A couple of years ago we wrote about the Margie and Robert E. Petersen Foundation, wondering if the deaths of both founders and subsequent lack of activity meant it was shutting down. Reports of the end of the Petersen foundation were at least partly exaggerated: The outfit best known for endowing the Petersen Automotive Museum in Los Angeles, recently made one of its largest gifts, and its biggest health give ever.
The Petersen foundation has given $15 million to the Neuroendocrine Tumor Research Foundation (NTRF), to fund research into this category of cancers. Though they can appear throughout the body, NETs most often appear in the GI tract, the pancreas, rectum, lungs and other sites. Some are slow-growing, some aggressive, but they're rare enough that they're often misdiagnosed early on.
The NTRF described it as "transformational." As handsome an amount as that is, it doesn't seem like $15 million would be enough to transform a field of cancer research, but it makes sense in a category like NET, a condition which occurs rarely enough that it doesn't get as much federal research funding. And it also has fewer super-wealthy philanthropists who have personal experience with the condition.
Robert Petersen died in 2007 of neuroendocrine cancer, and Margie Petersen died in 2011, following a battle with breast cancer.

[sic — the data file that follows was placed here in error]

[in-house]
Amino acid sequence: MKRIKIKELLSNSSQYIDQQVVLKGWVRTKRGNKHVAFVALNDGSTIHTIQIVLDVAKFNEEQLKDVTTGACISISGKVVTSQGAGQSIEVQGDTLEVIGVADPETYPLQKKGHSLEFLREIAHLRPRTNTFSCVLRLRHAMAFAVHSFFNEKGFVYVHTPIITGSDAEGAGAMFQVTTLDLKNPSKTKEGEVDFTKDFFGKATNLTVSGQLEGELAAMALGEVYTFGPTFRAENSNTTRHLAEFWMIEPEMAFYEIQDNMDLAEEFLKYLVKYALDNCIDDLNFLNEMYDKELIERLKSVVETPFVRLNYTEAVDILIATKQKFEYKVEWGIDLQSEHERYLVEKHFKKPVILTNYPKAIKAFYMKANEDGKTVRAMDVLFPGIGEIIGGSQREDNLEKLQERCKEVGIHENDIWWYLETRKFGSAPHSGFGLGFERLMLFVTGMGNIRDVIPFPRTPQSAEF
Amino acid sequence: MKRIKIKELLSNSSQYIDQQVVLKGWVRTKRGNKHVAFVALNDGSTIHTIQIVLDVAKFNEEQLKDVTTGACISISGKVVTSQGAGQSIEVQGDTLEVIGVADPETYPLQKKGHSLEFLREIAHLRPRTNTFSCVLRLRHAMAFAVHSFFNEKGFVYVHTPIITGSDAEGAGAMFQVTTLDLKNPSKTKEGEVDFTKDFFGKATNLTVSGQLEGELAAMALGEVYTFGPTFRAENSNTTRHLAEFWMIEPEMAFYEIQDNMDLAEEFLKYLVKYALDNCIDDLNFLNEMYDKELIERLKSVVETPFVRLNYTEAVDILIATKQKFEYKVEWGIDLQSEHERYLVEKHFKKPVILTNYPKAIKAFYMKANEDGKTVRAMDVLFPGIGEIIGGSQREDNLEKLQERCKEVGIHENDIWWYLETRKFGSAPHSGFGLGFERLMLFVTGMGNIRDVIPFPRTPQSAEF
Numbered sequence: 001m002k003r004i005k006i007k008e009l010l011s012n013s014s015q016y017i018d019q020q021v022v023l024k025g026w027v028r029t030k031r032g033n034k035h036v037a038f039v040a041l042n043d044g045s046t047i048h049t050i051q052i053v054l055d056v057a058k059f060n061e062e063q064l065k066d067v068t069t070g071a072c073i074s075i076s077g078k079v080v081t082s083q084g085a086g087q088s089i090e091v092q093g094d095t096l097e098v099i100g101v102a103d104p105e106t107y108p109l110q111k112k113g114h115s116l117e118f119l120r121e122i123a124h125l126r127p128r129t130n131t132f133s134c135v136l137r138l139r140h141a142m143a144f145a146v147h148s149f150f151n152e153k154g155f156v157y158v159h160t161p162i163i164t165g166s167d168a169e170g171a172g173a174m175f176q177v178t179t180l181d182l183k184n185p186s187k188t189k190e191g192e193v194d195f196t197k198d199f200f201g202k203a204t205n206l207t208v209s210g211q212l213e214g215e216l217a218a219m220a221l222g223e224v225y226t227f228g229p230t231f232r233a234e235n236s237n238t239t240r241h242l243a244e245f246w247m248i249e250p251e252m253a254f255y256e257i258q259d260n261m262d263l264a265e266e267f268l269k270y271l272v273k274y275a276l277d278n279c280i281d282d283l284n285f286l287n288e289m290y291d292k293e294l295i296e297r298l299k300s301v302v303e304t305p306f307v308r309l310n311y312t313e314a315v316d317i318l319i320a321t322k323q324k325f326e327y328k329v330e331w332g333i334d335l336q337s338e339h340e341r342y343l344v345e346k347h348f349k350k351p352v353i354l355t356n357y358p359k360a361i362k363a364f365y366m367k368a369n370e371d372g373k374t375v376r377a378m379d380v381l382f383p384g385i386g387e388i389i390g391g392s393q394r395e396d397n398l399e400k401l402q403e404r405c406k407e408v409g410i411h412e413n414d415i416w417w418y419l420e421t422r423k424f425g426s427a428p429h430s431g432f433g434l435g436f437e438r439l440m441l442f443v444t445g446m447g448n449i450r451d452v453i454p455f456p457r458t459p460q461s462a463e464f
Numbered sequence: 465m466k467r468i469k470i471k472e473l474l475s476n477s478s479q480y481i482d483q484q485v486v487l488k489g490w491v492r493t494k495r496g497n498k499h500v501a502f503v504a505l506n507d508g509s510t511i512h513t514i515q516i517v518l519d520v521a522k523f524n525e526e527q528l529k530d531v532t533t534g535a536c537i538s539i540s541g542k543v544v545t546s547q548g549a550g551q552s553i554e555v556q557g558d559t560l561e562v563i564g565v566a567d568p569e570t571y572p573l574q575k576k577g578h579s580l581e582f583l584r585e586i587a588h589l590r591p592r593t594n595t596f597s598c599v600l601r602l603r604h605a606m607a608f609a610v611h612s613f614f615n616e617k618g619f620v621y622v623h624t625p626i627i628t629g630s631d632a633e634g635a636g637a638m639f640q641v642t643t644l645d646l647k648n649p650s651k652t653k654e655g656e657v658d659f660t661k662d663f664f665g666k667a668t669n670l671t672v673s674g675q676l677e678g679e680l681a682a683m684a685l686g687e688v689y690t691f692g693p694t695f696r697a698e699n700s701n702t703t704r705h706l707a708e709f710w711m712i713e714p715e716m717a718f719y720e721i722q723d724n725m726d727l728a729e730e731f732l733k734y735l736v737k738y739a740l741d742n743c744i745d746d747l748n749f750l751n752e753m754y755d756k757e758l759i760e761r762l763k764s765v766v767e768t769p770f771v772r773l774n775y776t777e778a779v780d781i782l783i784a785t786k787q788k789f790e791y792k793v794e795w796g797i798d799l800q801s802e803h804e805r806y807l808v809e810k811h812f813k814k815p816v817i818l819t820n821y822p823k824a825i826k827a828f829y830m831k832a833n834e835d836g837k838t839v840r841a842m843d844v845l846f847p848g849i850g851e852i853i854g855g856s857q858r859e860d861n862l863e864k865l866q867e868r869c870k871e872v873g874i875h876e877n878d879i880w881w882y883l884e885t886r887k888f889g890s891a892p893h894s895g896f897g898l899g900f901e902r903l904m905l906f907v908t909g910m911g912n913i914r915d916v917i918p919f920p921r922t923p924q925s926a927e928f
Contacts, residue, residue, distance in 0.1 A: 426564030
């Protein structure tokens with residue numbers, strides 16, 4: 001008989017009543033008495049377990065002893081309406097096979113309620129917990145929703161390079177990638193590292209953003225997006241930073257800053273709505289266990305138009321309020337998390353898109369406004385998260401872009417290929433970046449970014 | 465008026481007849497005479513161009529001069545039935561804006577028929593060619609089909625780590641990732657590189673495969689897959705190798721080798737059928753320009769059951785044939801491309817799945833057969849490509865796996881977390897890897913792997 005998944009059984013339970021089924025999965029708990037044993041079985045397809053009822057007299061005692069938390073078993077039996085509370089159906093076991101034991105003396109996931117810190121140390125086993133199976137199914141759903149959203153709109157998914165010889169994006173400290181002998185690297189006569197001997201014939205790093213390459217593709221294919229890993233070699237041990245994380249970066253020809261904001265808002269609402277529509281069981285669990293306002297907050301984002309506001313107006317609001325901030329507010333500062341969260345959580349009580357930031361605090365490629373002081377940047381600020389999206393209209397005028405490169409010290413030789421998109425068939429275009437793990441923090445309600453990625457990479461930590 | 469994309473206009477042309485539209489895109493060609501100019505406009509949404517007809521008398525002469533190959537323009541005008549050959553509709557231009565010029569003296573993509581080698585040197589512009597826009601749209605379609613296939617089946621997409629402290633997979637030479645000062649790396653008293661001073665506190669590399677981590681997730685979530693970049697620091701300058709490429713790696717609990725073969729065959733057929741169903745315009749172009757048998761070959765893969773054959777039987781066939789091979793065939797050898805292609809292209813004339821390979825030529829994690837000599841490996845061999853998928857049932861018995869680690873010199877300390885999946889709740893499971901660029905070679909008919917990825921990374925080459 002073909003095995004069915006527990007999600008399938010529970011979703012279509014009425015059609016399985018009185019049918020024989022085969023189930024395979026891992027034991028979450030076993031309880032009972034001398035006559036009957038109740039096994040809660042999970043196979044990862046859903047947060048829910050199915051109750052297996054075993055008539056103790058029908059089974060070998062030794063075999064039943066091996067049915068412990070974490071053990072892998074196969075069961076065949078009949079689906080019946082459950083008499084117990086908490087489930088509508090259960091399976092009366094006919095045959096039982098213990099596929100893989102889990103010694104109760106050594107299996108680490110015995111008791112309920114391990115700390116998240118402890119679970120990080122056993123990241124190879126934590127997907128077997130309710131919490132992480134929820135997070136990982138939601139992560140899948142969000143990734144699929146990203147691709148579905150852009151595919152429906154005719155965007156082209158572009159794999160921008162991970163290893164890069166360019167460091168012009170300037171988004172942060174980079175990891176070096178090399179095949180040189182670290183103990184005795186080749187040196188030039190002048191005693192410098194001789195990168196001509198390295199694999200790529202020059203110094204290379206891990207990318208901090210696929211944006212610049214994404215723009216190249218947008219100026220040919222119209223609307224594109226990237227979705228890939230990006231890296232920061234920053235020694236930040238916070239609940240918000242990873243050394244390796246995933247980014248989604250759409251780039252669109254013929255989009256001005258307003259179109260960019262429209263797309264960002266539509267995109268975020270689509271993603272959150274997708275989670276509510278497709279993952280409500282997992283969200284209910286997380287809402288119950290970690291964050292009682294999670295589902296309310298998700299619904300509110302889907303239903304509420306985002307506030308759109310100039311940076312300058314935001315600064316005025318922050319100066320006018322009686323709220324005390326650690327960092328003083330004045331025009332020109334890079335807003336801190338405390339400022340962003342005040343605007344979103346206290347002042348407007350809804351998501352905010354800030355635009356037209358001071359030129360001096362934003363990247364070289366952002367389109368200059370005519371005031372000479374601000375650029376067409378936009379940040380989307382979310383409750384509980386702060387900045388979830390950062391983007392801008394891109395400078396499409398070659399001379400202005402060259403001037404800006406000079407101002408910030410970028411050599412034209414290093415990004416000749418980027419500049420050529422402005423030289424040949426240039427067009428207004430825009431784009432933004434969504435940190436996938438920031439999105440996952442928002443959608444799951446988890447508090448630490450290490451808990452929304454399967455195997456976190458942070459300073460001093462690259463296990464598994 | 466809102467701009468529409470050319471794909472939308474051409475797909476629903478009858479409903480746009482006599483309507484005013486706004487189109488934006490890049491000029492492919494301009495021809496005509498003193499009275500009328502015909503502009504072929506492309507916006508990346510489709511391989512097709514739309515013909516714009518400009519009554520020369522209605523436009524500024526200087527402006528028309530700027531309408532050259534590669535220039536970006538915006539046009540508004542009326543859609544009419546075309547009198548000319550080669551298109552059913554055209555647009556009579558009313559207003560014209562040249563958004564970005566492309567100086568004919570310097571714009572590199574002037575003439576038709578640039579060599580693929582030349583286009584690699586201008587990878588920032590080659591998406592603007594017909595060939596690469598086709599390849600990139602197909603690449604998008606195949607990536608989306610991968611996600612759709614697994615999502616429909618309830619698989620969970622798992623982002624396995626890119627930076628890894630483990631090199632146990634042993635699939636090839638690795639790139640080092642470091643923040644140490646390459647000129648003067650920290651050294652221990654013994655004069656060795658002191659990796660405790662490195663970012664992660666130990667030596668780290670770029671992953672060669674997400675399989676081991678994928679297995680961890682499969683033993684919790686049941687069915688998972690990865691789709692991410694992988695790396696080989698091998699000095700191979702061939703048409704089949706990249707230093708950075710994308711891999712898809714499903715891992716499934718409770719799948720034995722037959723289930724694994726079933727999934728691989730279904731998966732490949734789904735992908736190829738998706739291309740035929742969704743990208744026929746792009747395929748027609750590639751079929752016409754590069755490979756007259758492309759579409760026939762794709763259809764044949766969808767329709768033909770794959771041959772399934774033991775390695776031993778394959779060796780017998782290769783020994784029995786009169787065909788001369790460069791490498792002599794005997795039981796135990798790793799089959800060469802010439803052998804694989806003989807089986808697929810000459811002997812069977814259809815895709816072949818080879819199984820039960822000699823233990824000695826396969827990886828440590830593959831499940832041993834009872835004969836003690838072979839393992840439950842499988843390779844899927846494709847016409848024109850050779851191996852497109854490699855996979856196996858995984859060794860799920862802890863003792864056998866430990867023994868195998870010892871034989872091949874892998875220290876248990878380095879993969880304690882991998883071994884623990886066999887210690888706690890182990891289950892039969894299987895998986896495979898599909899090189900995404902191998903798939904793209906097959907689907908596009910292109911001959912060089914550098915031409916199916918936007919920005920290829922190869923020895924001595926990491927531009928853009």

The Petersen Foundation has made some substantial health-related gifts before: In 2010, it gave $1.5 million to St. John’s Health Center Foundation in Santa Monica to establish the Margie Petersen Breast Center. In 2014, it gave $8.5 million to Children's Hospital Los Angeles, honoring the Petersen's two sons, who died in a plane crash. But the foundation's biggest move was the $30 million endowment for the Petersen Automotive Museum.
About 12,000 Americans are diagnosed with NET cancers each year—it's what Steve Jobs had. The causes and progress of the disease are poorly understood. The $15 million gift will provide $5 million a year for three years in funds and endowment to support research and investigators dedicated to a cure, according to the NTRF. The NTRF funds NET researchers around the world.
"A gift of this magnitude will greatly intensify the research that can be conducted in this rare disease space," said NET Research Foundation Executive Director Ron Hollander. "We will be reaching out to researchers throughout the U.S. and beyond to bring the best ideas and investigators to the cause of curing neuroendocrine cancers."
So is there any more gas in the Petersen foundation's tank? Or is this going to be the organization's last big check? We'll keep an eye on it.